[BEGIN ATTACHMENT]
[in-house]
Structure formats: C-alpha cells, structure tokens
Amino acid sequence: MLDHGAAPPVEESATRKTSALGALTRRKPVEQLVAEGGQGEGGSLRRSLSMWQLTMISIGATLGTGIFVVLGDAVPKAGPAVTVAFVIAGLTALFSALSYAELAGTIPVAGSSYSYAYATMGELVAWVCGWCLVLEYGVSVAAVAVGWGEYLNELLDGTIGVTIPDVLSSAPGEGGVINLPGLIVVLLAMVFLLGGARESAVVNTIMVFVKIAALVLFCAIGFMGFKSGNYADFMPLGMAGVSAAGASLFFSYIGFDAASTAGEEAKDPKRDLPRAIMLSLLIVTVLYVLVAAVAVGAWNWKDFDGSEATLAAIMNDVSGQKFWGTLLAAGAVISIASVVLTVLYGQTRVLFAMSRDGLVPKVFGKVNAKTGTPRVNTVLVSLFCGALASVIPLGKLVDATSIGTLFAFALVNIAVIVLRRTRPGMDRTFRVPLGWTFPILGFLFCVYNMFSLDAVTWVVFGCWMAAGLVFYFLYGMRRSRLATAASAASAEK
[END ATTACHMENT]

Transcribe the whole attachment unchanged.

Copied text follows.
[in-house]
Structure formats: C-alpha cells, structure tokens
Amino acid sequence: MLDHGAAPPVEESATRKTSALGALTRRKPVEQLVAEGGQGEGGSLRRSLSMWQLTMISIGATLGTGIFVVLGDAVPKAGPAVTVAFVIAGLTALFSALSYAELAGTIPVAGSSYSYAYATMGELVAWVCGWCLVLEYGVSVAAVAVGWGEYLNELLDGTIGVTIPDVLSSAPGEGGVINLPGLIVVLLAMVFLLGGARESAVVNTIMVFVKIAALVLFCAIGFMGFKSGNYADFMPLGMAGVSAAGASLFFSYIGFDAASTAGEEAKDPKRDLPRAIMLSLLIVTVLYVLVAAVAVGAWNWKDFDGSEATLAAIMNDVSGQKFWGTLLAAGAVISIASVVLTVLYGQTRVLFAMSRDGLVPKVFGKVNAKTGTPRVNTVLVSLFCGALASVIPLGKLVDATSIGTLFAFALVNIAVIVLRRTRPGMDRTFRVPLGWTFPILGFLFCVYNMFSLDAVTWVVFGCWMAAGLVFYFLYGMRRSRLATAASAASAEK